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In the upcoming election there is a policy divide between the parties over “negative gearing” which  if one side wins, will only be able to be applied to brand new property.

To help you make sense of this let’s look at the whole issue –  what Negative Gearing is and why it matters.

What is an Asset? :

There are differing definitions of what makes something an investment but they all focus on two main points;

·       The ability to generate income.

·       The ability to increase in value.

In my opinion, the one to which the MOST attention should be paid is the ability to generate income because that is the most reliable indicator of something’s inherent financial value.

From this perspective something that generates no income is NOT as asset. This rules out many things often “said” to be assets. The most obvious here is a car. 

Let’s revisit purchasing an “investment” property. Let’s say this property costs $100,000 and we borrow it all. Let’s say it rents for $100pw so a 5.2%pa return

(if the property costs $200,000 and rents for $200pw, or costs $500,000 and rents for $500pw then the percentages are the same. Choose a value appropriate to your area – or just ignore the value and use my example.)

Let’s say the interest rate is 5.2%pa This would be a neutral return (ignoring inflation).

Let’s say the interest rate is 6.2%pa. This would generate a negative return of 1%pa – this is what people call “negatively geared” – in this example that loss per annum would be $1000.

Let’s say the interest rate is 4.8%pa. This would generate a positive return of 0.4%pa – this is what people call “positively geared”.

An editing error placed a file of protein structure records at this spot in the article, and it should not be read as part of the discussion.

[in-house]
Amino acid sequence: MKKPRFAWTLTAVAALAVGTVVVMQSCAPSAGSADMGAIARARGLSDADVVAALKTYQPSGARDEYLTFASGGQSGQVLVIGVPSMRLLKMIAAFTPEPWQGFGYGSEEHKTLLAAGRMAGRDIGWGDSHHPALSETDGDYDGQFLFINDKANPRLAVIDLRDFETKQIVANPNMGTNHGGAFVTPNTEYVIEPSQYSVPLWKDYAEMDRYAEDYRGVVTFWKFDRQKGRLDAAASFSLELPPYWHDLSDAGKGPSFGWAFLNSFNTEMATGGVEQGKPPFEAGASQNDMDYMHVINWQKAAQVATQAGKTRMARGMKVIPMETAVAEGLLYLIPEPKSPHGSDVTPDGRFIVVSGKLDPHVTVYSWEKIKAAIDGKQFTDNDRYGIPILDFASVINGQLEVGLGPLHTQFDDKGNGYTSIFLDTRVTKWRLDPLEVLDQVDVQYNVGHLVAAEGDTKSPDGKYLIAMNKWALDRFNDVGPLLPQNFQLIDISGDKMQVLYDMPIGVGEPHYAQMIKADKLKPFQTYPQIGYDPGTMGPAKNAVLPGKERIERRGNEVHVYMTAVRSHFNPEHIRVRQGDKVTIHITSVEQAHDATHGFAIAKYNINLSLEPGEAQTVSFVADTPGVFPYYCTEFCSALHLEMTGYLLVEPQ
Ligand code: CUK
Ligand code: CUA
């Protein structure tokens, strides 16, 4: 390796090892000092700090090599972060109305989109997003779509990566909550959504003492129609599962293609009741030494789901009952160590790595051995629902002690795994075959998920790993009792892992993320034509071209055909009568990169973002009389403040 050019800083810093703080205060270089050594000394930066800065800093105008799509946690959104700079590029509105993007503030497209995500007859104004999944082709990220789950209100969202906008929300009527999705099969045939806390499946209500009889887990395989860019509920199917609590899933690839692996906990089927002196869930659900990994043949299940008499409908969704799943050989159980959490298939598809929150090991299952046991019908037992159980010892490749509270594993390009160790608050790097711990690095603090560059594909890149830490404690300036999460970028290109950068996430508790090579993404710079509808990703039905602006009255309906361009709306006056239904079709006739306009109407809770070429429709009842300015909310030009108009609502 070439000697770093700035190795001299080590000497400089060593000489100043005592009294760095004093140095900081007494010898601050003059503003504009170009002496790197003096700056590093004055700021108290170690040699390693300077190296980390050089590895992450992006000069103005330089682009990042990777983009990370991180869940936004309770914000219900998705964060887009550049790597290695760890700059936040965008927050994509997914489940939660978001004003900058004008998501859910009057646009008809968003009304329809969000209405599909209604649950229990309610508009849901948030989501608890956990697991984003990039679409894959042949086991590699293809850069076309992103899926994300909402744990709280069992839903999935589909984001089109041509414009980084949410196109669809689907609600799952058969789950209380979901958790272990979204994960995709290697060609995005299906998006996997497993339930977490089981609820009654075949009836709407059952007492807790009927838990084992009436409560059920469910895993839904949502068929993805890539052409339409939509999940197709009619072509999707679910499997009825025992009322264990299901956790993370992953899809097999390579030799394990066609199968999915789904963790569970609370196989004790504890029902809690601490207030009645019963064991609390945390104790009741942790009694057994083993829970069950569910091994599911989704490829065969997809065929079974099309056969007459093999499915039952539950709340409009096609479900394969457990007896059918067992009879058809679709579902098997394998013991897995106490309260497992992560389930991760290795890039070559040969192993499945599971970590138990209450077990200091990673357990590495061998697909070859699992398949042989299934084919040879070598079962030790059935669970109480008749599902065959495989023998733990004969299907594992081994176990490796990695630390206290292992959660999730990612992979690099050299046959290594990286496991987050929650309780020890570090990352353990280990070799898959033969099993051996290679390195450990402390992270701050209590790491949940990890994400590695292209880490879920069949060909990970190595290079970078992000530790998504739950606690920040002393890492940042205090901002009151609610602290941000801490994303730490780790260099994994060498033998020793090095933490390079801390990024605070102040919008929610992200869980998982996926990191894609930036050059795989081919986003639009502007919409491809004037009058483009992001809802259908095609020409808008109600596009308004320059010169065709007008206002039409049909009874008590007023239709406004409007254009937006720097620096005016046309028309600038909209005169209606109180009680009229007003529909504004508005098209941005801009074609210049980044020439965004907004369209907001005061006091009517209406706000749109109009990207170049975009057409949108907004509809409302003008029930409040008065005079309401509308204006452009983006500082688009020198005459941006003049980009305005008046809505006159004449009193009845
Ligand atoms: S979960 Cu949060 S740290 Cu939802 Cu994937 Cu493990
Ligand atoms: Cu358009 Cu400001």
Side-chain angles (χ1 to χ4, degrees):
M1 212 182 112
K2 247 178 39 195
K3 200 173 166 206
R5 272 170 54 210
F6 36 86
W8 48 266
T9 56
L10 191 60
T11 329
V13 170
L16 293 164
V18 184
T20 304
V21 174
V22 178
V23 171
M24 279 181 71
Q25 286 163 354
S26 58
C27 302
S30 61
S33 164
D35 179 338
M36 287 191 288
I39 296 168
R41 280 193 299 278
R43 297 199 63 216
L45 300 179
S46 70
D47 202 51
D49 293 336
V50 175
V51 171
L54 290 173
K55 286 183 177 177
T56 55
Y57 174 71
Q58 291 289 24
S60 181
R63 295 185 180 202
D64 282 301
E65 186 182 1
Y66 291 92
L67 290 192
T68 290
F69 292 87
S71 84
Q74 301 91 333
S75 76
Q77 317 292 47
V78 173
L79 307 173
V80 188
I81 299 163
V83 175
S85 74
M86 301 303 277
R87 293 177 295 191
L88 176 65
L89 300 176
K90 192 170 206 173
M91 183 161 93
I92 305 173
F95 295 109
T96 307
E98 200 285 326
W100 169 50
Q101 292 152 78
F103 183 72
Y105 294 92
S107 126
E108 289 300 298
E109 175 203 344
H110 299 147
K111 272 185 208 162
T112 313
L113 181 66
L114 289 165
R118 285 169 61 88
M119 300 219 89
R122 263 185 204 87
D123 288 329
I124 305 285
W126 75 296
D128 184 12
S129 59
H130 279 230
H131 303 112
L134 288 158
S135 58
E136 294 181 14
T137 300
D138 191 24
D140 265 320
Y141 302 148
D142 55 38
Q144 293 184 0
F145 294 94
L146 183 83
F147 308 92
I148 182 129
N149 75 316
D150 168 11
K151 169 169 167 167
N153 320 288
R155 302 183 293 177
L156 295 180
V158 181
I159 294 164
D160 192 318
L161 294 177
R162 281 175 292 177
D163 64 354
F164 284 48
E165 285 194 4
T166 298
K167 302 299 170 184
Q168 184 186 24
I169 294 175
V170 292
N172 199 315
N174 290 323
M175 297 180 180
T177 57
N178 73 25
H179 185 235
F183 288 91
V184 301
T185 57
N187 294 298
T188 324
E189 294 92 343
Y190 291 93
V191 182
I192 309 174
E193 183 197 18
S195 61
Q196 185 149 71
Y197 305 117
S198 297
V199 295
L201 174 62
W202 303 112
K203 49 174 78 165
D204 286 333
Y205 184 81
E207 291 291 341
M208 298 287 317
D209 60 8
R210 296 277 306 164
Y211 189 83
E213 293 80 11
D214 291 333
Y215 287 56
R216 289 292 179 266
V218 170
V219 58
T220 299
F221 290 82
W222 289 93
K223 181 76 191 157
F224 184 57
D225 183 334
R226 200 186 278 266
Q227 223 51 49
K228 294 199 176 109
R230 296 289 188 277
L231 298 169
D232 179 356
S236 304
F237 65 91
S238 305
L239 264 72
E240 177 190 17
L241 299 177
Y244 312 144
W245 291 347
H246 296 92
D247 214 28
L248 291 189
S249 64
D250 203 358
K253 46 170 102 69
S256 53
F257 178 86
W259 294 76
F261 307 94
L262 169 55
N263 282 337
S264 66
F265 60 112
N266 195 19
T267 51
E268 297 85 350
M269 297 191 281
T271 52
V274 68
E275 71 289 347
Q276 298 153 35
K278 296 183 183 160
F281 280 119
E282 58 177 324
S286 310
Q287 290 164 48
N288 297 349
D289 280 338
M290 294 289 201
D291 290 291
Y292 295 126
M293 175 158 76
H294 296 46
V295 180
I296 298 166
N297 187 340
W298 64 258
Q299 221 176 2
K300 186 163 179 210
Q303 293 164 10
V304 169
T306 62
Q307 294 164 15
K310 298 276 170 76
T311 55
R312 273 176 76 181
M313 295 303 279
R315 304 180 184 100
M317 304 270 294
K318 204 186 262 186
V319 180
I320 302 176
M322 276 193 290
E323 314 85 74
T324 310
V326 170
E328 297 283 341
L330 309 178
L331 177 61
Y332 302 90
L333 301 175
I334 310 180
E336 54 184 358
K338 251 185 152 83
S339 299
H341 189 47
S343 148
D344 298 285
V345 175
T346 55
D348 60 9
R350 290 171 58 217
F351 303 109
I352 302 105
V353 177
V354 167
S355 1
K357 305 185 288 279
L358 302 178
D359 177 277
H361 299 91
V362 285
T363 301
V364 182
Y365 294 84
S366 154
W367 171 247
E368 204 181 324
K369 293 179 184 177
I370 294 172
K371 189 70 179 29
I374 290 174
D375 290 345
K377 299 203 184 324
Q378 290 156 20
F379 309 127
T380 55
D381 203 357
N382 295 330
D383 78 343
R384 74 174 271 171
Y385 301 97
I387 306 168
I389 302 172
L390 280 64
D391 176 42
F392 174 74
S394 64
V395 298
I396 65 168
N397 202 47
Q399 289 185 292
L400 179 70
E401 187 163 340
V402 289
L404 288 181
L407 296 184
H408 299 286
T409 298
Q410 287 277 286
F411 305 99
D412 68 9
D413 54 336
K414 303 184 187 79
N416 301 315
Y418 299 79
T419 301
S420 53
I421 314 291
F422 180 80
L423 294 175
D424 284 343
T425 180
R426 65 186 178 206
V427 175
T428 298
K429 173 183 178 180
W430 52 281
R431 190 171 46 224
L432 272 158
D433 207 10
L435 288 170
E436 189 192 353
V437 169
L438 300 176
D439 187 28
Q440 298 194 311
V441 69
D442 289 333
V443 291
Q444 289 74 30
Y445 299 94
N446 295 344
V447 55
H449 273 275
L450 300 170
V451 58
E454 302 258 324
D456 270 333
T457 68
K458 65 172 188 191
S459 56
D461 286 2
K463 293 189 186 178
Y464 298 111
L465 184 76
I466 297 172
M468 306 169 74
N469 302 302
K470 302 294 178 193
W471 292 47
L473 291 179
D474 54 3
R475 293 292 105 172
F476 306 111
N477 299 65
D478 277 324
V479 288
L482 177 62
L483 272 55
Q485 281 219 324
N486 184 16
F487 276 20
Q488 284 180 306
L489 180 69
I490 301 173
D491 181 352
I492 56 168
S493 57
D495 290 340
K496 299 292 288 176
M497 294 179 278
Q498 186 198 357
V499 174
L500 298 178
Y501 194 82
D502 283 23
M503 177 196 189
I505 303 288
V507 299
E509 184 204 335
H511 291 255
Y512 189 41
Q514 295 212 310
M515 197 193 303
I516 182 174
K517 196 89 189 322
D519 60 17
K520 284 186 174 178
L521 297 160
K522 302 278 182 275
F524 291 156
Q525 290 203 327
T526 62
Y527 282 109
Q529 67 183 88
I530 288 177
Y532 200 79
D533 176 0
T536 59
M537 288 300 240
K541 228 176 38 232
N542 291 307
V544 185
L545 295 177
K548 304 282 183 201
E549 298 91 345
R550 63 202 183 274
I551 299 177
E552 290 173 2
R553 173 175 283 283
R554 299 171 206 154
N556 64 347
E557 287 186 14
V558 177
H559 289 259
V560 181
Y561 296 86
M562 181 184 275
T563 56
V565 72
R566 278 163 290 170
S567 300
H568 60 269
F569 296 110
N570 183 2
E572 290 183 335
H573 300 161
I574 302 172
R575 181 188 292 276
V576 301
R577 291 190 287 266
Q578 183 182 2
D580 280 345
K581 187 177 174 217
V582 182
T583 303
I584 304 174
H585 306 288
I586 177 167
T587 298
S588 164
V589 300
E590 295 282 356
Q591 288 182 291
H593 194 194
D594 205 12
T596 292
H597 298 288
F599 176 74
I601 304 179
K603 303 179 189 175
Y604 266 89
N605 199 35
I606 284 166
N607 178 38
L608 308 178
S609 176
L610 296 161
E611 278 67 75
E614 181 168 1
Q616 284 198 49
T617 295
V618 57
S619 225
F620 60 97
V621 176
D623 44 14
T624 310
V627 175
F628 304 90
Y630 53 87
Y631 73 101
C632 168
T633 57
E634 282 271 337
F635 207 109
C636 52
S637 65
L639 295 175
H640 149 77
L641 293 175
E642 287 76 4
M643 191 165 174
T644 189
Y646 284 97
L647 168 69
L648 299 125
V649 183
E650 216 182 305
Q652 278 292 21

Negative gearing :

How many times have you heard someone say that negative gearing is a good thing? Is it? What does it mean?

Let’s put one thing to rest absolutely – losing money is a bad thing! Why would you invest to lose money.

There is an important point to understand.

Any real loss can CURRENTLY be deducted from your taxable income reducing the tax you pay. In the example above let’s say your income is $15,000 – your income would reduce to $14,000. You didn’t pay tax before and you don’t pay tax now. The whole $1,000 loss is yours.

Let’s say your income is $60,000 – your income would reduce to $59,000 and given that your tax rate is 30c you get a tax refund of $300 so $700 of the loss is yours. 

Let’s say your taxable income is $180,000 – your income would reduce to $149,000 and given your tax rate is 47c you get a tax refund of $470 so $530 of the loss is yours. 

What is the financial “lesson”? All negative gearing generates a loss.

Don’t take any notice of the refund – a loss is a loss.  NO investor tries to LOSE money. 

A sub lesson is that using negative gearing as a strategy on a low income makes no sense. 

So what will happen to these “losses” if the new policy comes into play.

Under the proposed policy these losses will still occur – but instead of deducting them against your current income (generating a tax refund) these losses now have to be “carried forwards” until when the property is eventually sold.

If a capital gain is made, then BEFORE capital gains tax is calculated, the losses are deducted first.

In other words, the losses only have benefit in the future.  An investor is hoping that the other reason for investing – capital growth – outweighs the loss. 

Let’s say that property rises by 8% in value this year. Your property is now worth $108,000. The loss can be justified with a very big BUT. The capital growth is a “paper gain”, the negative gearing loss comes out of your wallet each month – it’s real “in the moment”.

Investors would always prefer to be able to deduct the loss now – so investors would prefer the current policy.

One thing is clear – a negatively geared property that has no capital growth prospects is not a good investment.

And a word of caution – if investors can no longer claim the loss against income – then they will want to increase rent to cover the loss.

One of the hidden downsides in the proposed policy is its potential impact on renters.

As always if you’d like to know more or get advice tailored to your own personal circumstances, just Ask Alan – Your online mortgage broker.